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Re: [OPEN] and/or [PORT] : a practical question

From: Pat Hayes <phayes@ihmc.us>
Date: Tue, 30 Mar 2004 19:55:36 -0800
Message-Id: <p06001f29bc8fcd741f04@[]>
To: Ian Horrocks <horrocks@cs.man.ac.uk>
Cc: SWBPD list <public-swbp-wg@w3.org>

>On March 24, Christopher Welty writes:
>>  Jeremy wrote on 03/24/2004 04:24:16 AM:
>>  >
>>  > Yes, like Bernard, I have been thinking more about this, and about Ian's
>>  > insistence in WebOnt that classes-and-instances was almost always raised
>>  by
>>  > people wanting to mismodel their world. (cc Ian, wondering if I have
>>  learnt
>>  > my lessons well!, or misrepresented him)
>You can go to the top of the class :-)
>>  Well, "mismodelling their world" is not limited to classes as instances. I
>>  find it rather dangerous to make such statements.  People use subclass
>>  incorrectly, too, but that wasn't a reason to remove that axiom from OWL
>>  DL.
>I would say that there is a big difference. Like any part of the
>language, subClass may occasionally be abused

Arguably, as it is in OWL, for example. The point being that even 
with apparently such a simple idea as 'subclass' there is more than 
one way to legitimately understand what it means (extensionally - 
identical to 'subset', logically equivalent to an implication - or, 
intensionally, analogously to 'subcategory of' - implies but is not 
implied by 'subset', implies but is not implied by a logical 
implication).  The advantages are not entirely obvious either way. 
The extensional notion has an established mapping into FOL, but the 
intensional one has some computational advantages as well.

>, but it is used very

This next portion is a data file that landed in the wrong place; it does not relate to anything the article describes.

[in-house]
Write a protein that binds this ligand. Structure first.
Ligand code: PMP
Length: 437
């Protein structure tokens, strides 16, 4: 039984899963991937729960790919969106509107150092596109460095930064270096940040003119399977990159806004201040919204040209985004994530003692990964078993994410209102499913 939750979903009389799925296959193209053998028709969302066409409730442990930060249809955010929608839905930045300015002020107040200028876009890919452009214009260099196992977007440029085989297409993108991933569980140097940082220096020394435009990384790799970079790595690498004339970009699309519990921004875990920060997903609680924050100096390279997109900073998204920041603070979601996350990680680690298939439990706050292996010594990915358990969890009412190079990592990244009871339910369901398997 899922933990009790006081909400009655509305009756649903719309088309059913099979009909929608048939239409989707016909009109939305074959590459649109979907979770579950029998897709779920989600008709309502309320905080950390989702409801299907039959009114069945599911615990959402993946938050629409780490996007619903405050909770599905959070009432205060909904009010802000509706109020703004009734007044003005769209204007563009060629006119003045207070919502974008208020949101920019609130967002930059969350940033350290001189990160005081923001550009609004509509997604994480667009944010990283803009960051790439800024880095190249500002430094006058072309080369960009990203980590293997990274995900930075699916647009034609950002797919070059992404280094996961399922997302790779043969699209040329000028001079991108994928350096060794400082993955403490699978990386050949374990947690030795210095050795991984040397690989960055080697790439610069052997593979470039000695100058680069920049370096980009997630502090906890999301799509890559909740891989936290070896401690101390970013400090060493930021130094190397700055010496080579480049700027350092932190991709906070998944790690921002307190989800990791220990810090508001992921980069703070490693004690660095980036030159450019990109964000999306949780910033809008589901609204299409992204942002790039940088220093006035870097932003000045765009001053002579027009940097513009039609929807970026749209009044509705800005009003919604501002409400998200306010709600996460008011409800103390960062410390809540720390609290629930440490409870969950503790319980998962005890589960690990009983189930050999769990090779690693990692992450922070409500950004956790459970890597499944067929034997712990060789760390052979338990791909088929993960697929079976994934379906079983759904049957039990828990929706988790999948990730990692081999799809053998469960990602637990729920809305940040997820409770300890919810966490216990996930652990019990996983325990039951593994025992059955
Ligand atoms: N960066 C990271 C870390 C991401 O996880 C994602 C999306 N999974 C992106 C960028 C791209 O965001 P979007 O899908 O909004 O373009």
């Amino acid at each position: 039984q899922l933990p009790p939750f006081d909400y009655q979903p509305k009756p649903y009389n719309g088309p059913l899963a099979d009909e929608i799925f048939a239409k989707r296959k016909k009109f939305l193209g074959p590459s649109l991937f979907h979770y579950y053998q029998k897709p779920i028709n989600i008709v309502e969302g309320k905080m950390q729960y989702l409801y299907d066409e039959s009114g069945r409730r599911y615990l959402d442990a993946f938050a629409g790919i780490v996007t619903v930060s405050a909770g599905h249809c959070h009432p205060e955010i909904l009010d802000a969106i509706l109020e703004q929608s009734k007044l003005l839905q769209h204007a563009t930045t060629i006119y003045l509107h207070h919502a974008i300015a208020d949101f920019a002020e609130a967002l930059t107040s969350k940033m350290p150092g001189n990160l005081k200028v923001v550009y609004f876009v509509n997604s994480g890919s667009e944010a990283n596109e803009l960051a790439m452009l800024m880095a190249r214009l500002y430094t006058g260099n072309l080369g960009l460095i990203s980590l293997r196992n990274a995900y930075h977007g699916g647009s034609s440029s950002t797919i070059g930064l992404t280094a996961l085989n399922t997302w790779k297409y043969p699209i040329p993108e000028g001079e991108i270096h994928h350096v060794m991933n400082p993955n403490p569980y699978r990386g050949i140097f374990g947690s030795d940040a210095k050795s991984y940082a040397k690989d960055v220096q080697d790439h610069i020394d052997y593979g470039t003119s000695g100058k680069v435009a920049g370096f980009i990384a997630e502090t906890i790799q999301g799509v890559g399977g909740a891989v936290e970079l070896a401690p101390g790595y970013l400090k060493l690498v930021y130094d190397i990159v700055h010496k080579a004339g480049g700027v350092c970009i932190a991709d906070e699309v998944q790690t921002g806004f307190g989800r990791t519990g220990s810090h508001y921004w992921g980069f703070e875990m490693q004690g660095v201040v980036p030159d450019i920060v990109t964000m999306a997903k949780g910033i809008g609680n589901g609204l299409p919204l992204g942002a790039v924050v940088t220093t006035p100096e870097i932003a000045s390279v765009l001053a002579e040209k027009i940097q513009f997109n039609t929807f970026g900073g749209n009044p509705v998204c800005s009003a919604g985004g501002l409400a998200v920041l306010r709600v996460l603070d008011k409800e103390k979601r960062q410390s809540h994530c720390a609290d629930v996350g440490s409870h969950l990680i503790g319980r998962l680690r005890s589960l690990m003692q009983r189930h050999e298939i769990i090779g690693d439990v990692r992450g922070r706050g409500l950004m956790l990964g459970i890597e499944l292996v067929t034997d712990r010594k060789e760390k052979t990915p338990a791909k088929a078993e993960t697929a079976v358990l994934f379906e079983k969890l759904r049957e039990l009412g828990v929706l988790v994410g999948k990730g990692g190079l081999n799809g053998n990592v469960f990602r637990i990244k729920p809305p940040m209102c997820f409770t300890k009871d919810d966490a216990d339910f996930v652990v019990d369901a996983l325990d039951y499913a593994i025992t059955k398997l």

>widely and most people seem able to use it more or less

Actually, I think it is often used with an intended meaning closer to 
the intensional RDFS reading than the OWL-sanctioned extensional one. 
The differences in reasoning only arise in odd corner cases, but the 
fact that the extensional (stronger) consequences are often found 
puzzling or unintuitive itself suggests that intuition is not in 
exact correspondence with what Ian means by 'correct'. And the fact 
that identifying concepts with their class extensions produces 
'paradoxes' has been noted and discussed for almost a century now. 
Like any other example, one can get used to thinking in 'extensional 
class' terms, and once you do then it seems 'correct' and even 
'obvious', but it is important to realize (or remember) that this 
sense of correctness has to be learned, and the learning process 
itself involves taking over an entire way of thinking that is in fact 
at odds with many natural ways of thinking. I agree that extensional 
thinking has its benefits, and it certainly produces neater formal 
logics: but one can agree to all that and still concede that 
intensional thinking is not incoherent and has its own advantages.

>Moreover, subClass fits into a family of logics which are
>theoretically well understood and for which there is considerable
>implementation experience.

True, but the same degree of theoretical understanding is available 
for a variety of other logics, and in some cases they are much more 
closely related to natural-language semantic issues. DLs are a very 
recent invention, after all, and their relationships to intuitively 
adequate conceptual modelling has not been very fully investigated.

>In contrast, classes as instances are relatively rarely used (most
>forms of conceptual modelling, databases etc., seem to have managed
>perfectly well without them), and hardly ever used

I find this an amazingly arrogant claim - although I suppose that I 
should not really be amazed, at this stage - and one that there is 
very little evidence for.   Most of the people I know have been doing 
it successfully for years.

>Moreover, the resulting logics are much less well
>understood and there is little implementation experience.

FOL is hardly 'less well understood' than DLs. If we must have such 
displays of partisanship, please let it be restricted to meaningful 



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Received on Tuesday, 30 March 2004 22:55:28 EST

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